The most common orthopedic surgery in the United States is performed on the knee meniscus. A level-1 study done in Finland and published in the February 2016 issue of the Annals of Internal Medicine shows that surgery done to repair a locking meniscus is no better than placebo. A large number of studies have shown knee meniscus surgery for other reasons to be ineffective. So if you’re asking yourself, “Should I have meniscus surgery?” the research on the topic is in. The answer to your question is no.
What is a meniscus tear? The meniscus is a natural shock absorber in the knee that provides some spring in your step and helps to protect cartilage. It can become torn with age or trauma. More than 90 percent of the surgeries performed on the knee meniscus are not repairs, as most patients believe, but are instead excisions, or cutting out, of the torn part of the meniscus.
Meniscus tears in middle age are like wrinkles—everybody has them. The big misconception that has been propagated is that meniscus tears as seen on MRI after a middle-aged patient reports knee pain are significant. They are not. Just as many of middle-aged people who don’t have any knee pain or problems have meniscus tears. That your MRI shows a tear is no more important than a new wrinkle on your forehead.
Research shows meniscus-tear surgery doesn’t work.
In 2002, a study by a Baylor College of Medicine orthopedic surgeon showed debridement (cleaning up of a knee that has arthritis and degenerative meniscus tears) to be no better than a placebo. At first many surgeons published comments that in medical parlance equated to wanting to blow up the poor guy’s car, but over the last 15 years the debridement procedure slowly has slipped into medical oblivion.
The next study came from an unlikely source. Framingham, Massachusetts, the same town that has given us such great heart data through the years, also has a government-sponsored osteoarthritis study. This and other studies concluded that just as many middle-aged people without knee pain had meniscus tears as those with knee pain. Ouch
In 2012, a large high-level research study published in the New England Journal of Medicine showed that on average, patients who had meniscus surgery didn’t do any better than patients who skipped the surgery and just had physical therapy. Many orthopedic surgeons criticized that study by saying that these patients had some arthritis and that there was still a justification for performing the procedure on patients with a meniscus tear without arthritis. That fantasy went bye-bye in 2013 when another high-level study showed that meniscus surgery in patients without arthritis was no better than a fake surgical procedure. There was still one condition left where meniscus surgery might be helpful—a meniscus tear that was causing the knee to lock.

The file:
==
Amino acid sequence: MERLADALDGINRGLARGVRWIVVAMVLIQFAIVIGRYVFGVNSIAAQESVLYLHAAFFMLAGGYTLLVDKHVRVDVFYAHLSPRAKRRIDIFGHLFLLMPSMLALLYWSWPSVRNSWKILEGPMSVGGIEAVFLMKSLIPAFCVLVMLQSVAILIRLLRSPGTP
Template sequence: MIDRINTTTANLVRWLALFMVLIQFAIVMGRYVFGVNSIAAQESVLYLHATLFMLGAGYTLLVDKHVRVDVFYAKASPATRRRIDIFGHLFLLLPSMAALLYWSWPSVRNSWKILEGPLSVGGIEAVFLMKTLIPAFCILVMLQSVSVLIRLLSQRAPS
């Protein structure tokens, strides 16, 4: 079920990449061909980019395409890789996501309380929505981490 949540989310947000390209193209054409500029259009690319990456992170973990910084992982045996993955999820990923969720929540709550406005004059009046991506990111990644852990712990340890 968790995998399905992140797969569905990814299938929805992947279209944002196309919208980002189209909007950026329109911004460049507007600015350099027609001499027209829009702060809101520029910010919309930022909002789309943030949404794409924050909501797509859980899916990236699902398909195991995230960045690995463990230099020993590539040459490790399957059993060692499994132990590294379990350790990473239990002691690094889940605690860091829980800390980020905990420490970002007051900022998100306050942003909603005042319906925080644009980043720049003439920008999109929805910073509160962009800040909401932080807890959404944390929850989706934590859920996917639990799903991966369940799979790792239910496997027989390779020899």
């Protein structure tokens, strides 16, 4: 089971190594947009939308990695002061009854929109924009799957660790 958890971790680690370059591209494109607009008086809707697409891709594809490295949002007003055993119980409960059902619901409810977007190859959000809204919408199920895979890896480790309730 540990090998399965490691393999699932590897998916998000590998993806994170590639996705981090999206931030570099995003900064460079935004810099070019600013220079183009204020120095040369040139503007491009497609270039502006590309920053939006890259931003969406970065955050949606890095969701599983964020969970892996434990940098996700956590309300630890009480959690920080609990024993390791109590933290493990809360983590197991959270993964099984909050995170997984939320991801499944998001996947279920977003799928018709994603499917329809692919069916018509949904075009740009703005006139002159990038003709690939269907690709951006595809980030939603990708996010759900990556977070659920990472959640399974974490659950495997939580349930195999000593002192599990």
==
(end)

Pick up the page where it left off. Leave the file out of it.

The new study out of Finland just burst that bubble. Researchers looked at 146 patients who had “mechanical symptoms” (locking or catching of the knee thought to be caused by the meniscus). They randomized about one-half of the patients to meniscus surgery, and about half got a sham surgery. They found that the meniscus surgery provided no benefit to relieve knee catching or occasional locking, and the doctors cautioned against patients getting the surgery.
Some surgeons still will argue that there still may be a justification for the surgery in patients with severe and frequent locking of the knee or in patients who are younger and have an acute meniscus tear. In the first instance, they may be right, and in the second, given that studies have shown a rapid onset of osteoarthritis and increased forces on the cartilage after a meniscus surgery, younger patients as well should be wary of such surgery
There is little scientific justification that operating on the torn meniscus in patients 35 and older will do any good, and it’s only a matter of time until insurers and national healthcare systems begin relegating this procedure to the dustbin of medical history. So if you’re asking yourself, “Should I have meniscus surgery?” the answer is a resounding no.
“Should I Have Meniscus Surgery” first appeared as a post on the Regenexx blog.
Like all medical procedures, Regenexx procedures have a success and failure rate.
Not all patients will experience the same results.